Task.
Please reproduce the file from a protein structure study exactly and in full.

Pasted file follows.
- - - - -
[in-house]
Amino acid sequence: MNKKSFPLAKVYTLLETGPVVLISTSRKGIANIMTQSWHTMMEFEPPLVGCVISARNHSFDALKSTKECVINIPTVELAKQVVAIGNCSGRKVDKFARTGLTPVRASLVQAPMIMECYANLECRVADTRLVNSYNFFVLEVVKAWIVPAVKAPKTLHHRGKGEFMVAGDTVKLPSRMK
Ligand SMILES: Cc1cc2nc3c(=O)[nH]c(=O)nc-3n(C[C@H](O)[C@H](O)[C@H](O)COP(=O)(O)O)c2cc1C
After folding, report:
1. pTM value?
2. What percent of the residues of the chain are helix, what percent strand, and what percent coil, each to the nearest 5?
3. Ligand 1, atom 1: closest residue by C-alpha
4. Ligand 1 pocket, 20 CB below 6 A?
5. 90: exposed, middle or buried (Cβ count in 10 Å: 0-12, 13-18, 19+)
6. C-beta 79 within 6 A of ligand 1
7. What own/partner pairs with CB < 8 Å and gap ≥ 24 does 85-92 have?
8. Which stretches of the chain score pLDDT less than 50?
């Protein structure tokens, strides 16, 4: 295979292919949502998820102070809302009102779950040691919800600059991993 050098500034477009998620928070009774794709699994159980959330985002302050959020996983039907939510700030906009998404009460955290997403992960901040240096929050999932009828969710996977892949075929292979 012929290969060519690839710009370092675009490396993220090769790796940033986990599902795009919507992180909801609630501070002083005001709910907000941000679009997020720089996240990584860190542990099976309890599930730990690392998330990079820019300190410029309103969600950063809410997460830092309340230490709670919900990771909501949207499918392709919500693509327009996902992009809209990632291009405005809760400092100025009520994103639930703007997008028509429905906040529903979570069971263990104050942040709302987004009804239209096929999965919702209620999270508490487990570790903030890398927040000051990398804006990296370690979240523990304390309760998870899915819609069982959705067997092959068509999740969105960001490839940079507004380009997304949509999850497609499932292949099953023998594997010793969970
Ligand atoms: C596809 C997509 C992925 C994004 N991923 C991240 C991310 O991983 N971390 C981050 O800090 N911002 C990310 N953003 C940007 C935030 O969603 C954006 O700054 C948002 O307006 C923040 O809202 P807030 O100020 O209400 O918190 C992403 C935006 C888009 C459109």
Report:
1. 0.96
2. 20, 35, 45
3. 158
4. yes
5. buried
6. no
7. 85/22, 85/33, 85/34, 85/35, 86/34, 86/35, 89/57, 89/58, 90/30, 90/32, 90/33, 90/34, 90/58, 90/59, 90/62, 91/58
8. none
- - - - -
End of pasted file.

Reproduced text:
[in-house]
Amino acid sequence: MNKKSFPLAKVYTLLETGPVVLISTSRKGIANIMTQSWHTMMEFEPPLVGCVISARNHSFDALKSTKECVINIPTVELAKQVVAIGNCSGRKVDKFARTGLTPVRASLVQAPMIMECYANLECRVADTRLVNSYNFFVLEVVKAWIVPAVKAPKTLHHRGKGEFMVAGDTVKLPSRMK
Ligand SMILES: Cc1cc2nc3c(=O)[nH]c(=O)nc-3n(C[C@H](O)[C@H](O)[C@H](O)COP(=O)(O)O)c2cc1C
After folding, report:
1. pTM value?
2. What percent of the residues of the chain are helix, what percent strand, and what percent coil, each to the nearest 5?
3. Ligand 1, atom 1: closest residue by C-alpha
4. Ligand 1 pocket, 20 CB below 6 A?
5. 90: exposed, middle or buried (Cβ count in 10 Å: 0-12, 13-18, 19+)
6. C-beta 79 within 6 A of ligand 1
7. What own/partner pairs with CB < 8 Å and gap ≥ 24 does 85-92 have?
8. Which stretches of the chain score pLDDT less than 50?
């Protein structure tokens, strides 16, 4: 295979292919949502998820102070809302009102779950040691919800600059991993 050098500034477009998620928070009774794709699994159980959330985002302050959020996983039907939510700030906009998404009460955290997403992960901040240096929050999932009828969710996977892949075929292979 012929290969060519690839710009370092675009490396993220090769790796940033986990599902795009919507992180909801609630501070002083005001709910907000941000679009997020720089996240990584860190542990099976309890599930730990690392998330990079820019300190410029309103969600950063809410997460830092309340230490709670919900990771909501949207499918392709919500693509327009996902992009809209990632291009405005809760400092100025009520994103639930703007997008028509429905906040529903979570069971263990104050942040709302987004009804239209096929999965919702209620999270508490487990570790903030890398927040000051990398804006990296370690979240523990304390309760998870899915819609069982959705067997092959068509999740969105960001490839940079507004380009997304949509999850497609499932292949099953023998594997010793969970
Ligand atoms: C596809 C997509 C992925 C994004 N991923 C991240 C991310 O991983 N971390 C981050 O800090 N911002 C990310 N953003 C940007 C935030 O969603 C954006 O700054 C948002 O307006 C923040 O809202 P807030 O100020 O209400 O918190 C992403 C935006 C888009 C459109």
Report:
1. 0.96
2. 20, 35, 45
3. 158
4. yes
5. buried
6. no
7. 85/22, 85/33, 85/34, 85/35, 86/34, 86/35, 89/57, 89/58, 90/30, 90/32, 90/33, 90/34, 90/58, 90/59, 90/62, 91/58
8. none